The Justice Department has recently started taking action on solitary confinement of juveniles, as part of the Obama administration’s push to stop discrimination against mentally disabled Americans. In addition to the Ohio case, in February, the Justice Department intervened in a case against Contra Costa County, California, over the solitary confinement of children with disabilities in juvenile hall. In one example, a 17-year-old was placed in a solitary confinement for 60 days because he was hearing voices, and eventually “began smearing feces in his cell” and suffered a psychotic break, according to the agency.

As Alison Parker, director of the US Program at Human Rights Watch explains, children with mental illness or disabilities often have a difficult time following the rules, so they’re the first to be put in isolation. “The irony is that placing them in seclusion can exacerbate the same illness that led to the behavior,” she says. According to research released by the Justice Department, more than 50 percent of suicides of children detained at juvenile facilities occurred while they were isolated alone in their rooms.

The Justice Department’s Ohio lawsuit is an expansion of a previous complaint. In 2008, Ohio agreed to reform two juvenile correction facilities after the Justice Department found numerous problems, including the overuse of solitary confinement. Since then, one of those facilities closed and the other is closing. But last week, a US District judge granted the Justice Department’s request to expand the lawsuit to additional facilities. The judge ruled that there were “new and more serious violations of the constitutional rights of youth via the excessive use of seclusion and denial of adequate mental health treatment.”

The Department of Justice also sought a temporary restraining order to stop the state from putting children with mental-health needs, like K.R., in solitary isolation for more than three consecutive days while the lawsuit is ongoing. The order has not yet been granted. In January, an attorney cited in Justice Department legal documents who interviewed K.R. noted that, “Staff and the client both reported that he bangs his head frequently. He had fresh head injuries as I spoke to him. Something drives him to self destructive behavior and whatever has been tried so far does not seem to be working.”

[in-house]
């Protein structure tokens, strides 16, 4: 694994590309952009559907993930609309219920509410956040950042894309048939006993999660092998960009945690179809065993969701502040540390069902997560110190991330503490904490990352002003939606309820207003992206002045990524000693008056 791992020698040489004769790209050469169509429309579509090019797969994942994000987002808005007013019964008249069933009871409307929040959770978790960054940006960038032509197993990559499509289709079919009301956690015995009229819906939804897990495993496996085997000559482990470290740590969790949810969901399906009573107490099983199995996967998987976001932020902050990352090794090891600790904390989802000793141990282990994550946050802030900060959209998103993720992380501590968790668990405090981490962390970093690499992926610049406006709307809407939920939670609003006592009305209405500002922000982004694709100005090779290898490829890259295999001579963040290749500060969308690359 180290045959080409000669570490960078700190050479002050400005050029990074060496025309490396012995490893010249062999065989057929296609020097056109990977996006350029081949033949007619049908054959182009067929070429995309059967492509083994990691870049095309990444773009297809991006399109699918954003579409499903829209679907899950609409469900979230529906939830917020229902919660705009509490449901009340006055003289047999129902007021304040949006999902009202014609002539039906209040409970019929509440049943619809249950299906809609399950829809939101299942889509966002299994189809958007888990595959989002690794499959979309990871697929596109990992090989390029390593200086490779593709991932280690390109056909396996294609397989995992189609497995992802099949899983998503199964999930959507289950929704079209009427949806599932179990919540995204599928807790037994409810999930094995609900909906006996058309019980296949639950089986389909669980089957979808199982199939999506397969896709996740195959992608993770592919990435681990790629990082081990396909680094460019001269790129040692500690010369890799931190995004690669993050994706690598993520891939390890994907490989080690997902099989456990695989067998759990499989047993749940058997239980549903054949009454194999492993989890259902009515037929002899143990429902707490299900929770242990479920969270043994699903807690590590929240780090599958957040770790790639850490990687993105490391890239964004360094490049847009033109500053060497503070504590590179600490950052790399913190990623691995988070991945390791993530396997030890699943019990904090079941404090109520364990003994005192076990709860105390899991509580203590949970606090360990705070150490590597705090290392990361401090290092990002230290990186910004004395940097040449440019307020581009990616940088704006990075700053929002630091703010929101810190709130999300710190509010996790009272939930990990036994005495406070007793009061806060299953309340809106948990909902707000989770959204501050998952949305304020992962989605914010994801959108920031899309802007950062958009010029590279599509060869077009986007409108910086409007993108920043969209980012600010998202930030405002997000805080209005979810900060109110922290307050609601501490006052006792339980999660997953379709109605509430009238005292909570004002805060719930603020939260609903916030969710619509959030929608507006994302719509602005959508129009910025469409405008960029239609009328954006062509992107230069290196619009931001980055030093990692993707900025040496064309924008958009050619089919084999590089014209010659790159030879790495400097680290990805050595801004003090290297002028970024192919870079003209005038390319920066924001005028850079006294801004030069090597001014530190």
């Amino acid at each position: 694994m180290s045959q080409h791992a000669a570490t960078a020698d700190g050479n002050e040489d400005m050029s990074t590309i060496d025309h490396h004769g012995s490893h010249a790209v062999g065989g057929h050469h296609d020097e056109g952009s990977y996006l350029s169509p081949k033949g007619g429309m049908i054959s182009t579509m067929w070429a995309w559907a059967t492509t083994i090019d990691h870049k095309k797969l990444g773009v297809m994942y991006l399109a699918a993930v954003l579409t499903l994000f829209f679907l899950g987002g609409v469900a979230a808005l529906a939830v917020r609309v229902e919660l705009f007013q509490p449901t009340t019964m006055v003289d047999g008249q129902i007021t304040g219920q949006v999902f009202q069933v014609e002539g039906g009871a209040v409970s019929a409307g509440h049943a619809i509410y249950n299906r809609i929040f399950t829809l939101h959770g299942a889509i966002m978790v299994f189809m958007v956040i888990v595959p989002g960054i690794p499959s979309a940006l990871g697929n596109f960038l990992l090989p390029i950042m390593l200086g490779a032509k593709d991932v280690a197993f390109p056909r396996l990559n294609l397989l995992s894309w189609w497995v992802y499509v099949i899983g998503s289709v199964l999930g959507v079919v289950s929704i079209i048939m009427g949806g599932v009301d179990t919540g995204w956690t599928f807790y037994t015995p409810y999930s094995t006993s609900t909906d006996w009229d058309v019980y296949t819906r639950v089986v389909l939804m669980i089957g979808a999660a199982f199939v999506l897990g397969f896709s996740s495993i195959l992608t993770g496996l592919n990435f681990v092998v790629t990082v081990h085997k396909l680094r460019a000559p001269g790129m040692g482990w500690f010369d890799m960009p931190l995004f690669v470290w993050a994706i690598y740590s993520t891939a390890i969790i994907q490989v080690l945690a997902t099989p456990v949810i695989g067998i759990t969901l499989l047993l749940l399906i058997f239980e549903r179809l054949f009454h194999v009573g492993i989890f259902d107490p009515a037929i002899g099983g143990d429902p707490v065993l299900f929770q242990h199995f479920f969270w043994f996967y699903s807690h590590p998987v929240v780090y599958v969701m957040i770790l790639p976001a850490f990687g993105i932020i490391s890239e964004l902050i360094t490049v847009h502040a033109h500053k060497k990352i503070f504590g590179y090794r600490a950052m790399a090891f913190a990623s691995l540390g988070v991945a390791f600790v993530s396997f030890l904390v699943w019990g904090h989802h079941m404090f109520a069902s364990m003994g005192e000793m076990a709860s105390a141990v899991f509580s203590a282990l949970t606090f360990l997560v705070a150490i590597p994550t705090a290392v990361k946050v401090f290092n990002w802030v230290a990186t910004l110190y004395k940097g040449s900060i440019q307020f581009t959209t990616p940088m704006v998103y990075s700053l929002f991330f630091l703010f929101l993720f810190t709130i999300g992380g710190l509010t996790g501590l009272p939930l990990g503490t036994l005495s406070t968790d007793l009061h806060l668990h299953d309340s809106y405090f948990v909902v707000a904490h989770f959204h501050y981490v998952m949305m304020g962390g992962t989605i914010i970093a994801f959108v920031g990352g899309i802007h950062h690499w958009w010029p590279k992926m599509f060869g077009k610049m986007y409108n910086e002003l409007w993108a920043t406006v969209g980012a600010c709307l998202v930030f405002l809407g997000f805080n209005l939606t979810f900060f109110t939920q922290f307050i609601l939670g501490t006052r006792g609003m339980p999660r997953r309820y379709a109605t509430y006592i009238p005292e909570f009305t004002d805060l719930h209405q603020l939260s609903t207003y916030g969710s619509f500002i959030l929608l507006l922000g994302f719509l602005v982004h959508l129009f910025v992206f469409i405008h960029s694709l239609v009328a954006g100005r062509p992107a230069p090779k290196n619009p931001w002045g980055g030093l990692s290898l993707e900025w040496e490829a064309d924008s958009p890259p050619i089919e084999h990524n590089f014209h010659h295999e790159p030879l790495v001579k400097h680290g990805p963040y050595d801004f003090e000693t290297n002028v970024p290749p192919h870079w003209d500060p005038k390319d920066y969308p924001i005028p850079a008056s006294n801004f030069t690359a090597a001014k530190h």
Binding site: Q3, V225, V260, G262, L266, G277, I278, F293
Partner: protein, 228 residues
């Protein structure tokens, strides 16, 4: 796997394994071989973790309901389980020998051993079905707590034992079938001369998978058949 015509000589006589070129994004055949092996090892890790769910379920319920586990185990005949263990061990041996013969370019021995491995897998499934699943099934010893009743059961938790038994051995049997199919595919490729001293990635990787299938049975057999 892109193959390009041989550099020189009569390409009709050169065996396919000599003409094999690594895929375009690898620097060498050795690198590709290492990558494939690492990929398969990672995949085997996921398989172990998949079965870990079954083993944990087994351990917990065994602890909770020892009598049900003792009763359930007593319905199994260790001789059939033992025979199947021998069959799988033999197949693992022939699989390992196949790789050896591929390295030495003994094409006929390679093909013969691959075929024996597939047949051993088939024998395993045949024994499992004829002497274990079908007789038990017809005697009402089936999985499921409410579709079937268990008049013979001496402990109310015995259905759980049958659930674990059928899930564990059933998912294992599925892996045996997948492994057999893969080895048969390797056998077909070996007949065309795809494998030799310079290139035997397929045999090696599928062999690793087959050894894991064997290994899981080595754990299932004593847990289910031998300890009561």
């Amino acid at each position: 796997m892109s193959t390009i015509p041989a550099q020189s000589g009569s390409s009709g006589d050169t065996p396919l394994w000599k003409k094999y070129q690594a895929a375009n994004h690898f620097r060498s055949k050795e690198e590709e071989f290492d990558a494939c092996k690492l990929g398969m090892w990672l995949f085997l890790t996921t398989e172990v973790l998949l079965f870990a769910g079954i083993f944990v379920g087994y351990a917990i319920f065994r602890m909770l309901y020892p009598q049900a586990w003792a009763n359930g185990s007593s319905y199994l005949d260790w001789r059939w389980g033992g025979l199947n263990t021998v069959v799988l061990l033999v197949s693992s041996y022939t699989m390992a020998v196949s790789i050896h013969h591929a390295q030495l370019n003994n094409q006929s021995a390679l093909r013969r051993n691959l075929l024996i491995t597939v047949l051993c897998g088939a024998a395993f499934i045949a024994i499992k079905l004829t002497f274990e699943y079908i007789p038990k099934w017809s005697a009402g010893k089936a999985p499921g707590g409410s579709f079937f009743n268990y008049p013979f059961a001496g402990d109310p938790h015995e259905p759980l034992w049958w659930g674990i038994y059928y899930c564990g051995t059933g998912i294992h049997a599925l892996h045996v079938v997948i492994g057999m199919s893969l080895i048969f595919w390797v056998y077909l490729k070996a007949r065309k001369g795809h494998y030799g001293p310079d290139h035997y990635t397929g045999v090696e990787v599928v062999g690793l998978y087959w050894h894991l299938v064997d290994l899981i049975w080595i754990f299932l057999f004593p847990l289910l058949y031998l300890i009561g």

Ohio is fighting the request for a restraining order, arguing that the state is already largely complying with the Justice Department’s requirements, and “at the very least, there is no constitutional violation.” Asked whether K.R. and other at-risk youth designated by the Justice Department are still being put in solitary confinement as of this writing, Russ said, “When seclusion is used, youth continue to receive all services including education, behavioral health services, recreation, and more.”

Ohio doesn’t have a law on the books barring solitary confinement of kids in juvenile detention centers or correctional facilities. At least seven states have restrictions in place, but most don’t. And it’s a practice that’s widespread across the United States. Sen. Dick Durbin (D-Ill.) called for an end to the practice among juveniles, the mentally ill, and pregnant women in a hearing last year, but, so far, no such federal law exists. Ian Kysel, a fellow at the Georgetown Law Human Rights Institute who testified at Durbin’s hearing, says that the solitary confinement of children is nonetheless illegal under federal and human rights law.

The Justice Department argues that children in solitary in Ohio aren’t always getting adequate education and mental-health treatment. Advocates say that it’s hard to know what happens in facilities in the United States, because data is scarce.

Civil liberties organizations interviewed children serving time in adult prisons who had been subject to this form of isolation in 2012. “There is nothing to do so you start talking to yourself and getting lost in your own little world. It is crushing,” Paul K, who spent 60 days in solitary when he was 14, told the researchers. “You get depressed and wonder if it is even worth living.” A teen held at Rikers Island in New York—which, as a city facility, is exempt from the state’s ban on solitary confinement—recently told the Center for Investigative Reporting that his longest stretch in “the box,” a six-by-eight-foot cell, lasted four months. “There’s so many people that have been in that cell and screamed on that same gate, it smells like a bunch of breath and drool.” …

“Mentally ill inmates ‘warehoused’ in Colorado solitary confinement!”


December 1, 2013December 1, 2013 i added this photo

“Mentally ill inmates ‘warehoused’ in Colorado solitary confinement!”

Some Risdon inmates in solitary confinement fo...
Some Risdon inmates in solitary confinement for years: reports (Photo credit: publik16)

Mentally ill inmates ‘warehoused’ in Colorado solitary confinement

                                                     Published time: July 25, 2013 01:58